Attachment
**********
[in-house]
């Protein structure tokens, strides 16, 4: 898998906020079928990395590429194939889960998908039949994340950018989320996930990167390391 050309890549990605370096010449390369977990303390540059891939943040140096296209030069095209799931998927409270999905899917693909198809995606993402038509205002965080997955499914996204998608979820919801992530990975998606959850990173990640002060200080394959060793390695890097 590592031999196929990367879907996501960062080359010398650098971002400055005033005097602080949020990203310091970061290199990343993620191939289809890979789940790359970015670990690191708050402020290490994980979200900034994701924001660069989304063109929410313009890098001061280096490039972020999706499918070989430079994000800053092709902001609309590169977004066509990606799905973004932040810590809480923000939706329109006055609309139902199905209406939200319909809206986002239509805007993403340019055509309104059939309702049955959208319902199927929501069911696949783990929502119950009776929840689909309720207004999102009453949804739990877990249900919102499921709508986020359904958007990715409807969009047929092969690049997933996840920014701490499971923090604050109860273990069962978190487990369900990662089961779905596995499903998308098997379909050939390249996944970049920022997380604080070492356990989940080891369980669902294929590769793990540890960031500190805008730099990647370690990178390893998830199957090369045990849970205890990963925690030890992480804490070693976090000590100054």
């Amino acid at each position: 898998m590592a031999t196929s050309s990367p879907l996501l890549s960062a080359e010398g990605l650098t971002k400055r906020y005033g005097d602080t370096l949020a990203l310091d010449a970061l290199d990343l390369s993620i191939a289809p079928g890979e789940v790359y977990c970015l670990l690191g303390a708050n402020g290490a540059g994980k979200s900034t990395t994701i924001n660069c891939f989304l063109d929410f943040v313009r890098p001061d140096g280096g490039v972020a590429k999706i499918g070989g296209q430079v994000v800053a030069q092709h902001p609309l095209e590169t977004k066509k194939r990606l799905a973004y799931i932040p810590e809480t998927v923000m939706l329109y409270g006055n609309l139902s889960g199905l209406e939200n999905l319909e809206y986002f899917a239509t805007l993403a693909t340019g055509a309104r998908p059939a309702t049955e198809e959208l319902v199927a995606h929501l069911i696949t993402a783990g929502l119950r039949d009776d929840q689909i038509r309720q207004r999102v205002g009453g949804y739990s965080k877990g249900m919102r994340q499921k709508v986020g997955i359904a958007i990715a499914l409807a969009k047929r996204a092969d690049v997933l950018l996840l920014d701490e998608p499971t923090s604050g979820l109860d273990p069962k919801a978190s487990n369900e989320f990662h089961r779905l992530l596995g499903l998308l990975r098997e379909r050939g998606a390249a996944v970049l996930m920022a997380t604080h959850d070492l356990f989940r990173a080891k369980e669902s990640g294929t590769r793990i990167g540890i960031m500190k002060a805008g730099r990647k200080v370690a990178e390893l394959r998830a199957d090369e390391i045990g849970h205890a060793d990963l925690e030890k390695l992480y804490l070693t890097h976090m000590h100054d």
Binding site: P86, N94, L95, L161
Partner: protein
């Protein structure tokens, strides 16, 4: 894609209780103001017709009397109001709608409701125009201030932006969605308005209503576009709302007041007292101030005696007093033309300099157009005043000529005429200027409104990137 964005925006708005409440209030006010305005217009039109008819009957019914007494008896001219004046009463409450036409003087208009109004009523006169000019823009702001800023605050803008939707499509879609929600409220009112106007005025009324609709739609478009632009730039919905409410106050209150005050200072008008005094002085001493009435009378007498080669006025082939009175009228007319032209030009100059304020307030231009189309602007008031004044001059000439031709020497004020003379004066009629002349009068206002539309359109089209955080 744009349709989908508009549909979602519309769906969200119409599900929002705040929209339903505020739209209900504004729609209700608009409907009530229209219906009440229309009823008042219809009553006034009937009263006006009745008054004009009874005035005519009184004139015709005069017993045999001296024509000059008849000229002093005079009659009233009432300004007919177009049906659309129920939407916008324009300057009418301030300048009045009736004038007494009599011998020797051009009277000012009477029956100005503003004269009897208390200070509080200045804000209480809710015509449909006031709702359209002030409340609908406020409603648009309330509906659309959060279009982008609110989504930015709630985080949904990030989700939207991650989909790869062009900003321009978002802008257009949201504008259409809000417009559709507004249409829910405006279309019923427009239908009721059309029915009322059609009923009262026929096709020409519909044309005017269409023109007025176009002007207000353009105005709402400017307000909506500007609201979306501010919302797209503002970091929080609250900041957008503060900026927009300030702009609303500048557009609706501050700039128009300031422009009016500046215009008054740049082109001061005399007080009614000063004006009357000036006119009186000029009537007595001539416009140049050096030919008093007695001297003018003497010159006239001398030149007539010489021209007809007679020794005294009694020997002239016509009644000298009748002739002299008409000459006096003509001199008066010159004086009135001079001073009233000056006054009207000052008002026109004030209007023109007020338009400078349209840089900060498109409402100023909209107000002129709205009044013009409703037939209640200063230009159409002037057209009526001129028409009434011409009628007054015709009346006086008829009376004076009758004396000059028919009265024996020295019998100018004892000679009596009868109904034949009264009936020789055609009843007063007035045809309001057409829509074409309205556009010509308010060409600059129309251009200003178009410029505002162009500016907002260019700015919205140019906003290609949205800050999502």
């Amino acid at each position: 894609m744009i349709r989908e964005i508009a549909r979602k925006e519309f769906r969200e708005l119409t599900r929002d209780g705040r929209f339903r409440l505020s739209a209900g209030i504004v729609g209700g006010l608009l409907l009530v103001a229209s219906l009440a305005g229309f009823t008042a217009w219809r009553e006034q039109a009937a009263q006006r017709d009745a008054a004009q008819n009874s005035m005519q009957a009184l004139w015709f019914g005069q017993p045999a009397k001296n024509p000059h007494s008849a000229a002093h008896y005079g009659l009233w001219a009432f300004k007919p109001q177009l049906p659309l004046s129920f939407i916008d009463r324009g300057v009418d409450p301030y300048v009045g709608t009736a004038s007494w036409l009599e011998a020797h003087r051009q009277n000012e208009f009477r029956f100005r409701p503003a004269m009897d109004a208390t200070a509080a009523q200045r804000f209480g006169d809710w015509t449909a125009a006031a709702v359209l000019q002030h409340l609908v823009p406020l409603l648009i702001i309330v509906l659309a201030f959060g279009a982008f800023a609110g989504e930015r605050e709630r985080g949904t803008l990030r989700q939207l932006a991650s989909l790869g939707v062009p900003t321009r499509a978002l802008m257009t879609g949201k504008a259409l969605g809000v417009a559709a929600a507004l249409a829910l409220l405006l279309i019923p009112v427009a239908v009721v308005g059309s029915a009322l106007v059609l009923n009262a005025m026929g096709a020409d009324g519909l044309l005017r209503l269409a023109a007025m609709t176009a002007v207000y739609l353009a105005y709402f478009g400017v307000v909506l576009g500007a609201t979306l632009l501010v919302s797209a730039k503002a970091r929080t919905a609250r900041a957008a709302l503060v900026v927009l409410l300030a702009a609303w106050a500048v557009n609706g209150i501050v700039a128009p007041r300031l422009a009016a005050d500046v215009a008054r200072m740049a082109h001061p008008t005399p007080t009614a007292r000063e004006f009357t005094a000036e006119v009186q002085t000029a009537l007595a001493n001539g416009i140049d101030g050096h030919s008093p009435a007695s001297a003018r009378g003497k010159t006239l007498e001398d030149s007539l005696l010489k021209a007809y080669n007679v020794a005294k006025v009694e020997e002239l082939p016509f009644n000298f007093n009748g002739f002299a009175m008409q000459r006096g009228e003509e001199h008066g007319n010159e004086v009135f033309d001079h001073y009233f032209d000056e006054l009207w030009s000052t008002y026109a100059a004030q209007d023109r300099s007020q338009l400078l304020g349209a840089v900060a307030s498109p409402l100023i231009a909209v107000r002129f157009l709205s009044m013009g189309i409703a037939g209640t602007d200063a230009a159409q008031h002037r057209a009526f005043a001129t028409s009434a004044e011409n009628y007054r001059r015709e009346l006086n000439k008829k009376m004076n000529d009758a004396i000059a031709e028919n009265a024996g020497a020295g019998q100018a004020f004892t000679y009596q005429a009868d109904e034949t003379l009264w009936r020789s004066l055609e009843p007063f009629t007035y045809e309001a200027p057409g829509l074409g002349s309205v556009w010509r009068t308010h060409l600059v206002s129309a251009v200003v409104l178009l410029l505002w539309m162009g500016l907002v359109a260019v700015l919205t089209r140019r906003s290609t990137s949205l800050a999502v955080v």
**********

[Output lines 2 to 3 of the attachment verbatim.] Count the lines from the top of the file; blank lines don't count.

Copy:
């Protein structure tokens, strides 16, 4: 898998906020079928990395590429194939889960998908039949994340950018989320996930990167390391 050309890549990605370096010449390369977990303390540059891939943040140096296209030069095209799931998927409270999905899917693909198809995606993402038509205002965080997955499914996204998608979820919801992530990975998606959850990173990640002060200080394959060793390695890097 590592031999196929990367879907996501960062080359010398650098971002400055005033005097602080949020990203310091970061290199990343993620191939289809890979789940790359970015670990690191708050402020290490994980979200900034994701924001660069989304063109929410313009890098001061280096490039972020999706499918070989430079994000800053092709902001609309590169977004066509990606799905973004932040810590809480923000939706329109006055609309139902199905209406939200319909809206986002239509805007993403340019055509309104059939309702049955959208319902199927929501069911696949783990929502119950009776929840689909309720207004999102009453949804739990877990249900919102499921709508986020359904958007990715409807969009047929092969690049997933996840920014701490499971923090604050109860273990069962978190487990369900990662089961779905596995499903998308098997379909050939390249996944970049920022997380604080070492356990989940080891369980669902294929590769793990540890960031500190805008730099990647370690990178390893998830199957090369045990849970205890990963925690030890992480804490070693976090000590100054």
């Amino acid at each position: 898998m590592a031999t196929s050309s990367p879907l996501l890549s960062a080359e010398g990605l650098t971002k400055r906020y005033g005097d602080t370096l949020a990203l310091d010449a970061l290199d990343l390369s993620i191939a289809p079928g890979e789940v790359y977990c970015l670990l690191g303390a708050n402020g290490a540059g994980k979200s900034t990395t994701i924001n660069c891939f989304l063109d929410f943040v313009r890098p001061d140096g280096g490039v972020a590429k999706i499918g070989g296209q430079v994000v800053a030069q092709h902001p609309l095209e590169t977004k066509k194939r990606l799905a973004y799931i932040p810590e809480t998927v923000m939706l329109y409270g006055n609309l139902s889960g199905l209406e939200n999905l319909e809206y986002f899917a239509t805007l993403a693909t340019g055509a309104r998908p059939a309702t049955e198809e959208l319902v199927a995606h929501l069911i696949t993402a783990g929502l119950r039949d009776d929840q689909i038509r309720q207004r999102v205002g009453g949804y739990s965080k877990g249900m919102r994340q499921k709508v986020g997955i359904a958007i990715a499914l409807a969009k047929r996204a092969d690049v997933l950018l996840l920014d701490e998608p499971t923090s604050g979820l109860d273990p069962k919801a978190s487990n369900e989320f990662h089961r779905l992530l596995g499903l998308l990975r098997e379909r050939g998606a390249a996944v970049l996930m920022a997380t604080h959850d070492l356990f989940r990173a080891k369980e669902s990640g294929t590769r793990i990167g540890i960031m500190k002060a805008g730099r990647k200080v370690a990178e390893l394959r998830a199957d090369e390391i045990g849970h205890a060793d990963l925690e030890k390695l992480y804490l070693t890097h976090m000590h100054d």